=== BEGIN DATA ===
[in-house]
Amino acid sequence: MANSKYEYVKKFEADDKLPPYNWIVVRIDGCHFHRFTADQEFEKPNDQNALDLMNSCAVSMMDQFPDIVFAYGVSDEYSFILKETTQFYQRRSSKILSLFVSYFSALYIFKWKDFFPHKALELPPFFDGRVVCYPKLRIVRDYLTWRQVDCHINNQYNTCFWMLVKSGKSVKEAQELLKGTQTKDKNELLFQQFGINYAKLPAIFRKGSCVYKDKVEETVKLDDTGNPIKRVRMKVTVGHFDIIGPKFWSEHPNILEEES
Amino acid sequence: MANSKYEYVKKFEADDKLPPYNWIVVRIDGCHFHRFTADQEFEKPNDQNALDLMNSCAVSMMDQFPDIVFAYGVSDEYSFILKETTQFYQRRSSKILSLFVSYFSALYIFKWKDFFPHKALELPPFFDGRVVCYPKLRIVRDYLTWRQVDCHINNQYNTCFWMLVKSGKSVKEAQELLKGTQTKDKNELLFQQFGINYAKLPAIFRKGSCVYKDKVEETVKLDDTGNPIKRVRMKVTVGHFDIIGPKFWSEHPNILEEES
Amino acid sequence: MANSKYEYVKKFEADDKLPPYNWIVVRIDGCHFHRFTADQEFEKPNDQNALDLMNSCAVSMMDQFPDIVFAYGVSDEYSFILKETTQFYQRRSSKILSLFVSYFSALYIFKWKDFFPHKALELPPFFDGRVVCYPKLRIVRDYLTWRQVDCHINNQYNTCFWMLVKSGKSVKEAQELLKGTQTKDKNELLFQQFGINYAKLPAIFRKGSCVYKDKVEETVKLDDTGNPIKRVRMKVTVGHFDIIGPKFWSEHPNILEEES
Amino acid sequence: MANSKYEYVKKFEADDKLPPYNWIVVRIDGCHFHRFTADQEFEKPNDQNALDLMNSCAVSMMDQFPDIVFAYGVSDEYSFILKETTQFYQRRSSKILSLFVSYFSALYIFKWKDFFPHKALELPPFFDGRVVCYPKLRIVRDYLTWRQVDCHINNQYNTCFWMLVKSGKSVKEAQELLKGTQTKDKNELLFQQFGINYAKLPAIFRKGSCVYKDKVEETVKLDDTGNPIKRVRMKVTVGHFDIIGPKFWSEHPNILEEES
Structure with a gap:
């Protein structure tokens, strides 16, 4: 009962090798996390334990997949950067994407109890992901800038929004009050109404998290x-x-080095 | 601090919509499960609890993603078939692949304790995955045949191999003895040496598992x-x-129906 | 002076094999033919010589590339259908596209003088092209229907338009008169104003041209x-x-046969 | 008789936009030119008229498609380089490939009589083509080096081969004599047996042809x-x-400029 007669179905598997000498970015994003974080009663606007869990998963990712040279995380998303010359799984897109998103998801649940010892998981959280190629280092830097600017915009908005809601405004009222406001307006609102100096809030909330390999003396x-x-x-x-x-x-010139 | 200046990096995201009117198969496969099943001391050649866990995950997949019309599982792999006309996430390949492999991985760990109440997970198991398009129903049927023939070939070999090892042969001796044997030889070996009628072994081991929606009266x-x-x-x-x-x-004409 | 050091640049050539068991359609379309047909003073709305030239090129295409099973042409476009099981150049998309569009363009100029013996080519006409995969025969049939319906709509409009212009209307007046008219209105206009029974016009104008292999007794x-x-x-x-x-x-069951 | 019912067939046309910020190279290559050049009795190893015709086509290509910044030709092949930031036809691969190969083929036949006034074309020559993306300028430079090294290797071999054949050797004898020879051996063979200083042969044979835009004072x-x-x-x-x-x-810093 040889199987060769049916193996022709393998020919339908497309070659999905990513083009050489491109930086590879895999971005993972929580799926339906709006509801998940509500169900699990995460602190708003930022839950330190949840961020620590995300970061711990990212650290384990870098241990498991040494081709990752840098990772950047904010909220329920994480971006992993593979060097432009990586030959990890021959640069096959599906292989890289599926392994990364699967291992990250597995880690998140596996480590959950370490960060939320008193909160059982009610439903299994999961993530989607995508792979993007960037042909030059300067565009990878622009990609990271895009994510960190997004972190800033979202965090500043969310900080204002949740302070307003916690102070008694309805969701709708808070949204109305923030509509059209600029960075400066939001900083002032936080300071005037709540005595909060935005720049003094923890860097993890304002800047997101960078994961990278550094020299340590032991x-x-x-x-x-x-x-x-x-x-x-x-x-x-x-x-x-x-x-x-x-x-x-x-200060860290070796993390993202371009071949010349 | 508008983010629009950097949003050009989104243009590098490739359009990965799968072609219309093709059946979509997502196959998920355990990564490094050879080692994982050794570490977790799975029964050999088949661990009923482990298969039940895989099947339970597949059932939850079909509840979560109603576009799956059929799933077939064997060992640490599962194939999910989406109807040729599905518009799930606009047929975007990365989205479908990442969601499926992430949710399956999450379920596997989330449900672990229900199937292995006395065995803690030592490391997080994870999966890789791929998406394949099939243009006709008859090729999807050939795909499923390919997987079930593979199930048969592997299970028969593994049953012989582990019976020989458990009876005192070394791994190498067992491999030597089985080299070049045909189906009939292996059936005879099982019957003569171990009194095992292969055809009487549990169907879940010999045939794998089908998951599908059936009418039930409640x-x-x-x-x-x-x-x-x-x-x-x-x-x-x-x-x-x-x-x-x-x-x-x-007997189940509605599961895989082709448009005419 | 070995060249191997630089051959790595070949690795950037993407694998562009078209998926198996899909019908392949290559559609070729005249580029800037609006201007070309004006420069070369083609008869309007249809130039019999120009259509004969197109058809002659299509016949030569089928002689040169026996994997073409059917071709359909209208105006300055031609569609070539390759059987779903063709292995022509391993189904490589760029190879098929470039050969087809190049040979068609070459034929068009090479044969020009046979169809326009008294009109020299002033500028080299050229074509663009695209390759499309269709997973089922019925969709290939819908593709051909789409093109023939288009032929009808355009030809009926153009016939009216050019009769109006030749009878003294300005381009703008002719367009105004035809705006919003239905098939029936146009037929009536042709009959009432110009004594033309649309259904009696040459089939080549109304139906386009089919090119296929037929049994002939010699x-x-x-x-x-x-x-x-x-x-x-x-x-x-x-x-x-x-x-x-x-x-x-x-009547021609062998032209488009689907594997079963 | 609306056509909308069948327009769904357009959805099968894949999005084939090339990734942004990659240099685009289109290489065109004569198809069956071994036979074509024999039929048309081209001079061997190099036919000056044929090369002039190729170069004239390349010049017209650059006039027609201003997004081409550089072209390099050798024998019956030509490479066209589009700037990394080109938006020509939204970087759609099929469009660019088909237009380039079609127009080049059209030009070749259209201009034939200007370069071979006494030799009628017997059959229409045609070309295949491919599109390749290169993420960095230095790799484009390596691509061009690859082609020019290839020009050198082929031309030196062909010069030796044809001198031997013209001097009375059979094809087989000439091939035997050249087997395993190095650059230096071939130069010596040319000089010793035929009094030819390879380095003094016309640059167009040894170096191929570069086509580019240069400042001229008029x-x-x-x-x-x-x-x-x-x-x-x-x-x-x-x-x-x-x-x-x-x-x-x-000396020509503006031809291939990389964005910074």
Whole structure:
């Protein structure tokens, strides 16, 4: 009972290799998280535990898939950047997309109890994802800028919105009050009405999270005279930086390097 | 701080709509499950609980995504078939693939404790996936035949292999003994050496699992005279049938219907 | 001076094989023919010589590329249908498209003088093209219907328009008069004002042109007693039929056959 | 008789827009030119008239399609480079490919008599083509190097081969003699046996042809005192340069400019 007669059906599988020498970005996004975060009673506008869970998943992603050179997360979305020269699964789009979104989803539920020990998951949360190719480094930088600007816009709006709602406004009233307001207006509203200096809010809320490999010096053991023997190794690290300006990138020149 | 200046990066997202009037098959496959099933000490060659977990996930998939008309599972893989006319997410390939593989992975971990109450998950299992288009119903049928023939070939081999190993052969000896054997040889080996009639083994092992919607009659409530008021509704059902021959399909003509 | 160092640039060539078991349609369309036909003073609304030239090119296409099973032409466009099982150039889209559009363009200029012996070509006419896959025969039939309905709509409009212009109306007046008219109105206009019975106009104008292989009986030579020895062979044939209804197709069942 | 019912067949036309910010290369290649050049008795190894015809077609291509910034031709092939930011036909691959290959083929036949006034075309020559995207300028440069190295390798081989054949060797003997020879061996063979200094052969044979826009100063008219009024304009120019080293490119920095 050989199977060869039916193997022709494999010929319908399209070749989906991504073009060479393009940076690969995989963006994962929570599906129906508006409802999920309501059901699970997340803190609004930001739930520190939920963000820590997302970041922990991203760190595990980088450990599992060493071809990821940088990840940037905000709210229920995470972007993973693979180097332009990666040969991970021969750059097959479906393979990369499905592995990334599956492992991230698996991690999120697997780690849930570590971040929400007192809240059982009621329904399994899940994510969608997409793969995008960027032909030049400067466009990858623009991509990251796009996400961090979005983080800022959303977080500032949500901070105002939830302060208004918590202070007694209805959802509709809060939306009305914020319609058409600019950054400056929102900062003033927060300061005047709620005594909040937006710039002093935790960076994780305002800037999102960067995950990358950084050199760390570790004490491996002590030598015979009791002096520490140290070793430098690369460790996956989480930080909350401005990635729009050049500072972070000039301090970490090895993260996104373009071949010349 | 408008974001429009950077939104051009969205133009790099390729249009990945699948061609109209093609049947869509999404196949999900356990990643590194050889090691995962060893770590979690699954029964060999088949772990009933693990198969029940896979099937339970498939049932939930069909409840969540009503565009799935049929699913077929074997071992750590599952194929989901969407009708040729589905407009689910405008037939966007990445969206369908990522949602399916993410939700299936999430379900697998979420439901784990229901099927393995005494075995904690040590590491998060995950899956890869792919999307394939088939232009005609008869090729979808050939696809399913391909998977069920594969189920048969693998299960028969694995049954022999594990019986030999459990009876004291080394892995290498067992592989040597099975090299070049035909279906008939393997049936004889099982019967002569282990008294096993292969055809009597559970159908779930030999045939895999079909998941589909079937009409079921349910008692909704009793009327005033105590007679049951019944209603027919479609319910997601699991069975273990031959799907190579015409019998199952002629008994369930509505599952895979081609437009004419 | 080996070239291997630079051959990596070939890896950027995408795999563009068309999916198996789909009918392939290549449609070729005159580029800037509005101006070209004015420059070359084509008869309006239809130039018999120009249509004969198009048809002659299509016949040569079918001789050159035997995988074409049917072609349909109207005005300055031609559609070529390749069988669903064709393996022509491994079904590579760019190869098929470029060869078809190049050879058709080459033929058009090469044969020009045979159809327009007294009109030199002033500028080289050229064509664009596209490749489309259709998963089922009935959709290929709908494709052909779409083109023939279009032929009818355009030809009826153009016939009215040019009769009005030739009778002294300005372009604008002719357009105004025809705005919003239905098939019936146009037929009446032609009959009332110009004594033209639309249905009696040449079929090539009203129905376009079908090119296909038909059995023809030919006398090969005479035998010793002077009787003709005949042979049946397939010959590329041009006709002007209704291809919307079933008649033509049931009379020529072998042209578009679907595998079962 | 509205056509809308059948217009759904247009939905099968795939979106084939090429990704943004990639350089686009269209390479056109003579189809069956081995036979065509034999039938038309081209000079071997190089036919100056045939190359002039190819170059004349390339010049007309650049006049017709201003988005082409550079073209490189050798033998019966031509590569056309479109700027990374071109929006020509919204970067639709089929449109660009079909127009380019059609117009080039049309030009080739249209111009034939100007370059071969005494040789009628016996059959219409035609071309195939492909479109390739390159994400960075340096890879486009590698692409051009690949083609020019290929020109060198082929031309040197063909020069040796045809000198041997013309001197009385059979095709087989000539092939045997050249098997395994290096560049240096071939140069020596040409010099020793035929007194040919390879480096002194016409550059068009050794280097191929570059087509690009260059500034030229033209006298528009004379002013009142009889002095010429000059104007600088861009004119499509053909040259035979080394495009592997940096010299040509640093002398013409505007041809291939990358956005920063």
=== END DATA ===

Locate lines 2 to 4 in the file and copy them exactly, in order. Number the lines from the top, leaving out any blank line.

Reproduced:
Amino acid sequence: MANSKYEYVKKFEADDKLPPYNWIVVRIDGCHFHRFTADQEFEKPNDQNALDLMNSCAVSMMDQFPDIVFAYGVSDEYSFILKETTQFYQRRSSKILSLFVSYFSALYIFKWKDFFPHKALELPPFFDGRVVCYPKLRIVRDYLTWRQVDCHINNQYNTCFWMLVKSGKSVKEAQELLKGTQTKDKNELLFQQFGINYAKLPAIFRKGSCVYKDKVEETVKLDDTGNPIKRVRMKVTVGHFDIIGPKFWSEHPNILEEES
Amino acid sequence: MANSKYEYVKKFEADDKLPPYNWIVVRIDGCHFHRFTADQEFEKPNDQNALDLMNSCAVSMMDQFPDIVFAYGVSDEYSFILKETTQFYQRRSSKILSLFVSYFSALYIFKWKDFFPHKALELPPFFDGRVVCYPKLRIVRDYLTWRQVDCHINNQYNTCFWMLVKSGKSVKEAQELLKGTQTKDKNELLFQQFGINYAKLPAIFRKGSCVYKDKVEETVKLDDTGNPIKRVRMKVTVGHFDIIGPKFWSEHPNILEEES
Amino acid sequence: MANSKYEYVKKFEADDKLPPYNWIVVRIDGCHFHRFTADQEFEKPNDQNALDLMNSCAVSMMDQFPDIVFAYGVSDEYSFILKETTQFYQRRSSKILSLFVSYFSALYIFKWKDFFPHKALELPPFFDGRVVCYPKLRIVRDYLTWRQVDCHINNQYNTCFWMLVKSGKSVKEAQELLKGTQTKDKNELLFQQFGINYAKLPAIFRKGSCVYKDKVEETVKLDDTGNPIKRVRMKVTVGHFDIIGPKFWSEHPNILEEES